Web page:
I share McGee’s appreciation of “horizontality” and looking beyond the greats, and in my Digital Parisian Stage corpus I achieved that horizontality with the methods developed by Laplace and Student. The creators of the FRANTEXT corpus chose its texts using the “principle of authority,” in essence just using the greats. For my corpus I built on the work of Charles Beaumont Wicks, taking a random sample from his list of all the plays performed in Paris between 1800 and 1815.
What I found was that characters in the randomly selected plays used a lot less of the conservative ne alone construction to negate sentences than characters in the FRANTEXT plays. This seems to be because the FRANTEXT plays focused mostly on aristocrats making long declamatory speeches, while the randomly selected plays also included characters who were servants, peasants, artisans and bourgeois, often in faster-moving dialogue. The characters from the lower classes tended to use much more of the ne … pas construction, while the aristocrats tended to use ne alone.
Student’s t-test tells me that the difference I found in the relative frequency of ne alone in just four plays was big enough that I could be confident of finding the same pattern in other plays. Even so, I plan to produce the full one percent sample (31 plays) so that I can test for differences that might be smaller
It’s important for me to point out here that this kind of analysis still requires a fairly close reading of the text. Someone might say that I just haven’t come up with the right regular expression or parser, but at this point I don’t know of any automatic tools that can reliably distinguish the negation phenomena that interest me. I find that to really get an accurate picture of what’s going on I have to not only read several lines before and after each instance of negation, but in fact the entire play. Sampling reduces the number of times I have to do that reading, to bring the overall workload down to a reasonable level.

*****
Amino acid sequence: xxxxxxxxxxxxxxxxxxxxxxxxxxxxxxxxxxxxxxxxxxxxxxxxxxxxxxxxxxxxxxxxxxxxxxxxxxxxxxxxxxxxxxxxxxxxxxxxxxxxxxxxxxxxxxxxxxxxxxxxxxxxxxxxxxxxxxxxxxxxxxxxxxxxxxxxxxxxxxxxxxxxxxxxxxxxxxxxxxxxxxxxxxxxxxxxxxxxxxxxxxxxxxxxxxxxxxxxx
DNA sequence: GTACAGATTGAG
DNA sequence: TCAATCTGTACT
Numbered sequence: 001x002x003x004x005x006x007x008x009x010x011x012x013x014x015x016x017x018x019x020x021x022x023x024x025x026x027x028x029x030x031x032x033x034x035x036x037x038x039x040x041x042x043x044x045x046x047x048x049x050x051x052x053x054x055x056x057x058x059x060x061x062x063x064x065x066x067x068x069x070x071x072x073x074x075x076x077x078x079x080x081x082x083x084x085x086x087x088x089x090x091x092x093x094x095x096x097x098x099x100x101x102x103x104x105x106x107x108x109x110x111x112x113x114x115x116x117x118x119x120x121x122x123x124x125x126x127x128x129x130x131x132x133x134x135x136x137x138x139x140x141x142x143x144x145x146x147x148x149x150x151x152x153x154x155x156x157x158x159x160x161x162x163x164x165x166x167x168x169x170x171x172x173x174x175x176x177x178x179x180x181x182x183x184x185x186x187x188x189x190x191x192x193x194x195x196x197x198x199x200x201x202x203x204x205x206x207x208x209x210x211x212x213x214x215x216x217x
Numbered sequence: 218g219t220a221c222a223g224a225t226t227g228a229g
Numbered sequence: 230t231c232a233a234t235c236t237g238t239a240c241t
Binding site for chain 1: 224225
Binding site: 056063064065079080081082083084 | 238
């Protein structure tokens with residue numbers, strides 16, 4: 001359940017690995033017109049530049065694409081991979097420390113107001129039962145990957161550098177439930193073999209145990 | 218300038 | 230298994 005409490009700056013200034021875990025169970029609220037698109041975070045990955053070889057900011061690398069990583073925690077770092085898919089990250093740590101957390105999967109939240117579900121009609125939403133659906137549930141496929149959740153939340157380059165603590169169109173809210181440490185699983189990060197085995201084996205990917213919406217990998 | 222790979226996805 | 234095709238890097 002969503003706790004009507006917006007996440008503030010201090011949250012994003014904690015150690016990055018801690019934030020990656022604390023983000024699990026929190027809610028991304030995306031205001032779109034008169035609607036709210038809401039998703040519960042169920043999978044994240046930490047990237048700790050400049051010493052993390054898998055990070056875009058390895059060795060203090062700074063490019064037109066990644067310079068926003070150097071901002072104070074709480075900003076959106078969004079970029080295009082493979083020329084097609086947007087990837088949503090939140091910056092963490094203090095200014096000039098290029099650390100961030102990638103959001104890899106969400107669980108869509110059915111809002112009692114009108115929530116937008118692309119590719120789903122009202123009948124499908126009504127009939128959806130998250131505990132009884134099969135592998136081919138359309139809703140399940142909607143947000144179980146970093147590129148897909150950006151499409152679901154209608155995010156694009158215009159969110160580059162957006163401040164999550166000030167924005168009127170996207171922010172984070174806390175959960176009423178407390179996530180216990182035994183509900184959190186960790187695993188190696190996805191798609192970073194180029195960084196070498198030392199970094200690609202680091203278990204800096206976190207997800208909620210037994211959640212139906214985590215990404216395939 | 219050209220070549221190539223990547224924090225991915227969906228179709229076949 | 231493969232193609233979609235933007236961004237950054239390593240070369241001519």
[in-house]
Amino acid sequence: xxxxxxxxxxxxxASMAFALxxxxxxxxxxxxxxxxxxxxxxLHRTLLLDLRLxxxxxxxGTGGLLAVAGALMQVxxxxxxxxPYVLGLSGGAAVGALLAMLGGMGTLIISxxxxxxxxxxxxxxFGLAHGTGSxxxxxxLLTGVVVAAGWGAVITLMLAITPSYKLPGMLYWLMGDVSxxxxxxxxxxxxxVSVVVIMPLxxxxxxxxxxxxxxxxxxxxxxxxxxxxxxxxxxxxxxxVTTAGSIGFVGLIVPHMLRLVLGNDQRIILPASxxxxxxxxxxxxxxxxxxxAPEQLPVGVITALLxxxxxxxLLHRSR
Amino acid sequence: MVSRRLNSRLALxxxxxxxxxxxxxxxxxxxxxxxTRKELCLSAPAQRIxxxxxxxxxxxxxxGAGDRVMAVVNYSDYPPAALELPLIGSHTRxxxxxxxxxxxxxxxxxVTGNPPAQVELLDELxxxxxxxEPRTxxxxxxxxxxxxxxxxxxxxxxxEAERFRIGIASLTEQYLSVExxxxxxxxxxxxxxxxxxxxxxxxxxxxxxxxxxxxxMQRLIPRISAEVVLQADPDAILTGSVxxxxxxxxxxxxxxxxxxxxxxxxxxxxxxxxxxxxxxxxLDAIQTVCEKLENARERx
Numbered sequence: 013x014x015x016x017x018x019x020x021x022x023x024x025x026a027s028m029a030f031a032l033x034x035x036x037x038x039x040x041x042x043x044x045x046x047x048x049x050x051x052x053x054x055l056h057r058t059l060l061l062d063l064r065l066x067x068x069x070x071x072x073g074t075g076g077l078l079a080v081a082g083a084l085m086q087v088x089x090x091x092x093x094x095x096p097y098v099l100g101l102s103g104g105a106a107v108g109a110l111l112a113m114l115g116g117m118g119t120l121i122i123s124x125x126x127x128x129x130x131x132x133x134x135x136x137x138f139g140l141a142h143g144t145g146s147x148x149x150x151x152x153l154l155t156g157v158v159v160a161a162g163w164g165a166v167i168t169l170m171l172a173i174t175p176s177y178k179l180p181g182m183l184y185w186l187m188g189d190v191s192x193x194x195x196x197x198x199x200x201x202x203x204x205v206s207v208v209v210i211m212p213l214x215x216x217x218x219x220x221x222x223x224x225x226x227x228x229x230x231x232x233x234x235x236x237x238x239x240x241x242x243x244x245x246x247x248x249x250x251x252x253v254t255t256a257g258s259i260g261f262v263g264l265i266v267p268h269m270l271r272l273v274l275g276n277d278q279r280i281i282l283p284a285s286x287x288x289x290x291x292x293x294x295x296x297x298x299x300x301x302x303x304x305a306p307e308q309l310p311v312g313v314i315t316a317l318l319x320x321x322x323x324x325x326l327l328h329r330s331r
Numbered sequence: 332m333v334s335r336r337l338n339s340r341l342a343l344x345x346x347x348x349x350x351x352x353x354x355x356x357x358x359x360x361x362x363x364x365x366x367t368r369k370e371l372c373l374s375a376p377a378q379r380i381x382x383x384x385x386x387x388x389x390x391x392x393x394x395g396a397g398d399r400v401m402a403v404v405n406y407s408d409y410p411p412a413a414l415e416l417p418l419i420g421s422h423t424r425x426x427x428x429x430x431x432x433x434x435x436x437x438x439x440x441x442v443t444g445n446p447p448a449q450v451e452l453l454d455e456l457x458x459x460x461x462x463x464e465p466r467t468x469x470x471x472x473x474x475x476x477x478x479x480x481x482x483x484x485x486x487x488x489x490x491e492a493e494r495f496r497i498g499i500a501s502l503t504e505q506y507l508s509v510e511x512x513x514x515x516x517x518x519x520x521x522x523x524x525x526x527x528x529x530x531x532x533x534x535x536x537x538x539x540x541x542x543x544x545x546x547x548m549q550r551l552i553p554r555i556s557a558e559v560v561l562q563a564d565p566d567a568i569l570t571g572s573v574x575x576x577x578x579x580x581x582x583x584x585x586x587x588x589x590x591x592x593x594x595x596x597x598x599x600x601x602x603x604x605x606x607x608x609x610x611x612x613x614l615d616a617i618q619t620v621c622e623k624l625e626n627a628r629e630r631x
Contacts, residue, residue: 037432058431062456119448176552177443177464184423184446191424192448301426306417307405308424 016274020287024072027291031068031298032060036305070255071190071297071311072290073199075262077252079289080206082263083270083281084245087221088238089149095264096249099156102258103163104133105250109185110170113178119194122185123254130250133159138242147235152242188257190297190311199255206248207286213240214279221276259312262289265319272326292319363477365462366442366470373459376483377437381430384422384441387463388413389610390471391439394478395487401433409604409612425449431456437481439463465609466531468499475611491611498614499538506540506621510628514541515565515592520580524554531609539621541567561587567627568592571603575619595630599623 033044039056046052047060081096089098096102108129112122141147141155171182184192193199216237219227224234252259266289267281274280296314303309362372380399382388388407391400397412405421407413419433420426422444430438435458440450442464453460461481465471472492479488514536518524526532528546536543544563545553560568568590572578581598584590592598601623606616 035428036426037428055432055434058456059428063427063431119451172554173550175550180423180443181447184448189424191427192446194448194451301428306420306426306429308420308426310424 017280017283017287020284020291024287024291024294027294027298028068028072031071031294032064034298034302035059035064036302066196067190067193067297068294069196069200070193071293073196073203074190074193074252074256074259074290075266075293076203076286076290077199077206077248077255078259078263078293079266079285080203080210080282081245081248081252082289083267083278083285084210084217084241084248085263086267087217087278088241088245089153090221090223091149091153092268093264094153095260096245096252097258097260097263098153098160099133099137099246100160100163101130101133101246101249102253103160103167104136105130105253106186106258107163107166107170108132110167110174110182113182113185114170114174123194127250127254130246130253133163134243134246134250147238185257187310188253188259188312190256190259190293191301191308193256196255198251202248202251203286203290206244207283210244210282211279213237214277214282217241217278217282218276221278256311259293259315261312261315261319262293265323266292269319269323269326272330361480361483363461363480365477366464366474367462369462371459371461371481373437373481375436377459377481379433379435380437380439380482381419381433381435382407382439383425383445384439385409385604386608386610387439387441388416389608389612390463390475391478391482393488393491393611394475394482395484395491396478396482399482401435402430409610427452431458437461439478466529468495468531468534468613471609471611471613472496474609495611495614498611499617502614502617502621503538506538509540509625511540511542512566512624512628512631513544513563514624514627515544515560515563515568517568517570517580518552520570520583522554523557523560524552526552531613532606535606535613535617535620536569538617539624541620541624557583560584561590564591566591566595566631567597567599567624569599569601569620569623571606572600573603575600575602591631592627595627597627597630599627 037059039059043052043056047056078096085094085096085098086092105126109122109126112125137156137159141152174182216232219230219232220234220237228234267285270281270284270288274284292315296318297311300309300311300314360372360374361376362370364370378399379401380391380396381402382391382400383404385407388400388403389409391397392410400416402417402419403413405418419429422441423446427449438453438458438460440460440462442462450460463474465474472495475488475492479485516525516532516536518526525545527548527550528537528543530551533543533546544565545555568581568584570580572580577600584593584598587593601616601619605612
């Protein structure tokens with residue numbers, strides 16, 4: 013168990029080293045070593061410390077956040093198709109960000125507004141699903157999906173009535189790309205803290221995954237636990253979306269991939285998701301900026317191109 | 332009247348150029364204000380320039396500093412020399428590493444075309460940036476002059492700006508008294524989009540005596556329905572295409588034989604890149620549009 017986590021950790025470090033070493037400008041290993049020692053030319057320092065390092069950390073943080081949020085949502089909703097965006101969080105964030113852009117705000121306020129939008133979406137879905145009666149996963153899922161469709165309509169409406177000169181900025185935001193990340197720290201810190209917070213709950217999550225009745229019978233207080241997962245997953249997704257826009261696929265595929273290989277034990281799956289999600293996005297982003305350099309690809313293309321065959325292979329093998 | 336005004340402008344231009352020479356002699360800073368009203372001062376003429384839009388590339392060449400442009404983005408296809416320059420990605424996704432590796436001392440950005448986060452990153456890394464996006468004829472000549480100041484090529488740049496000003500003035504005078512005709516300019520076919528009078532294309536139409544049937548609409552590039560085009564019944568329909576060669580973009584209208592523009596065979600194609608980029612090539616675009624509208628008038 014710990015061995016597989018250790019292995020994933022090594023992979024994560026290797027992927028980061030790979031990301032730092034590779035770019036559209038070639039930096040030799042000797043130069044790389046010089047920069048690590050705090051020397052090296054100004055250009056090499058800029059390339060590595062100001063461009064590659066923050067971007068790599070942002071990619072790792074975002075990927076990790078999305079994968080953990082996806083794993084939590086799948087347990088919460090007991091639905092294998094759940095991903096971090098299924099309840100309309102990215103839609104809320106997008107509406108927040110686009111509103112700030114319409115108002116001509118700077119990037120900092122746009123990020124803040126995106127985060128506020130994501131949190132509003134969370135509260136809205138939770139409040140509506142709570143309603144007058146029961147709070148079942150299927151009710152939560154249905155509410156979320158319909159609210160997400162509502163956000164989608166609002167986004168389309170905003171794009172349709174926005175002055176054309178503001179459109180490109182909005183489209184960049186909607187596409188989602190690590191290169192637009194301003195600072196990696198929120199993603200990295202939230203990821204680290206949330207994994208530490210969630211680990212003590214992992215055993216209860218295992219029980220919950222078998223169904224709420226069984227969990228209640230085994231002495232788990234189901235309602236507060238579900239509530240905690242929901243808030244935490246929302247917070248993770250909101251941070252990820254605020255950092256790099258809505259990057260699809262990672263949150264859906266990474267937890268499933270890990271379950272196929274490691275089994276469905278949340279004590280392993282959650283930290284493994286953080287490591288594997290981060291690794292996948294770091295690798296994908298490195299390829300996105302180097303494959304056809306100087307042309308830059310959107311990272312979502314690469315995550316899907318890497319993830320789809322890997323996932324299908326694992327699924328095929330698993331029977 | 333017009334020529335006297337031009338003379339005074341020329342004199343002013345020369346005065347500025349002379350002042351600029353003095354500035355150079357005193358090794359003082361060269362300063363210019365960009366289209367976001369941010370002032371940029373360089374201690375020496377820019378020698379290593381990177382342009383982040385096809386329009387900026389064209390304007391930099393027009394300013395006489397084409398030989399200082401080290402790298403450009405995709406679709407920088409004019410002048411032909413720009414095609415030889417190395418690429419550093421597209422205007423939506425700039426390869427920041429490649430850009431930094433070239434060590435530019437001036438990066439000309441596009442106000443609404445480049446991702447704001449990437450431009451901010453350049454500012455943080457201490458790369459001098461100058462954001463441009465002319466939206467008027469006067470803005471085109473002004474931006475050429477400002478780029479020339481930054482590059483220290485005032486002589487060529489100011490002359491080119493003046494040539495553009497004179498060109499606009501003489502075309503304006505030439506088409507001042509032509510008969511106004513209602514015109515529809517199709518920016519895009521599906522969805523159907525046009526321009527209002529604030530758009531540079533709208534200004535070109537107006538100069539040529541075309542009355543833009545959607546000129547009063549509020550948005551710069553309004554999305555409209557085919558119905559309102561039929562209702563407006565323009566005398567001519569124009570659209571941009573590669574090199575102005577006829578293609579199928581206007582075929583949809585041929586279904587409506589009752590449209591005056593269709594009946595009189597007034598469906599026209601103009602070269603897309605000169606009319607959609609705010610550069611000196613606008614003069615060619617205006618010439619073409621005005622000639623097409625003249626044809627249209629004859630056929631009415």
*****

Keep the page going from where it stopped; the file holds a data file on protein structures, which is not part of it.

Okay, you may be saying, but I want to analyze all the things! Even a random sample isn’t good enough. Well, if you don’t have the time or the money to analyze all the things, a random sample can make the case for analyzing everything. For example, I found several instances of the pas alone construction, which is now common but was rare in the early nineteenth century. I also turned up the script for a pantomime about the death of Captain Cook that gave the original Hawaiian characters a surprising (given what little I knew about these attitudes) level of intelligence and agency.
If either of those findings intrigued you and made you want to work on the project, or fund it, or hire me, that illustrates another use of sampling. (You should also email me.) Sampling gives us a place to start outside of the “greats,” where we can find interesting information that may inspire others to get involved.
One final note: the first step to getting a representative sample is to have a catalog. You won’t be able to generalize to all the things until you have a list of all the things. This is why my Digital Parisian Stage project owes so much to Beaumont Wicks. This “paper and ink” humanist spent his life creating a list of every play performed in Paris in the nineteenth century – the catalog that I sampled for my corpus.